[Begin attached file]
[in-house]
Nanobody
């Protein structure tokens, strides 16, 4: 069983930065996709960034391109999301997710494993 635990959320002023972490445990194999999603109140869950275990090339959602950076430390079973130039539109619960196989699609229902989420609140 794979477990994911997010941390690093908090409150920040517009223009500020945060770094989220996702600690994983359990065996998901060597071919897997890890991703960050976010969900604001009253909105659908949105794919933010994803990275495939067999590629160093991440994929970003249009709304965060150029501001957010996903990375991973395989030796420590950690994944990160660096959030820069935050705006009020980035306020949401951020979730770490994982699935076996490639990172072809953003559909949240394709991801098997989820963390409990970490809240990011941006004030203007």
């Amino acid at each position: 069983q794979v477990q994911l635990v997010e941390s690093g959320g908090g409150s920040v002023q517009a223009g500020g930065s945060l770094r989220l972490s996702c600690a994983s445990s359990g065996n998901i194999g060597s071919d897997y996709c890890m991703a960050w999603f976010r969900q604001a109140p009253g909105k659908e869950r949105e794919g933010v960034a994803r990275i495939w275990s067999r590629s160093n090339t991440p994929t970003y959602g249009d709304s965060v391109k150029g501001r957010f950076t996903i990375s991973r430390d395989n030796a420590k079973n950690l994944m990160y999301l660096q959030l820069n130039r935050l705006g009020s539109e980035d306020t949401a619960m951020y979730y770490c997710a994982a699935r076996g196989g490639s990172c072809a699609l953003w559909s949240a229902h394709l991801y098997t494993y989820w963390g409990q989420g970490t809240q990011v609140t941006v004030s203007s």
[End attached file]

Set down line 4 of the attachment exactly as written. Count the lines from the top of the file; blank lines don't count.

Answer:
């Amino acid at each position: 069983q794979v477990q994911l635990v997010e941390s690093g959320g908090g409150s920040v002023q517009a223009g500020g930065s945060l770094r989220l972490s996702c600690a994983s445990s359990g065996n998901i194999g060597s071919d897997y996709c890890m991703a960050w999603f976010r969900q604001a109140p009253g909105k659908e869950r949105e794919g933010v960034a994803r990275i495939w275990s067999r590629s160093n090339t991440p994929t970003y959602g249009d709304s965060v391109k150029g501001r957010f950076t996903i990375s991973r430390d395989n030796a420590k079973n950690l994944m990160y999301l660096q959030l820069n130039r935050l705006g009020s539109e980035d306020t949401a619960m951020y979730y770490c997710a994982a699935r076996g196989g490639s990172c072809a699609l953003w559909s949240a229902h394709l991801y098997t494993y989820w963390g409990q989420g970490t809240q990011v609140t941006v004030s203007s």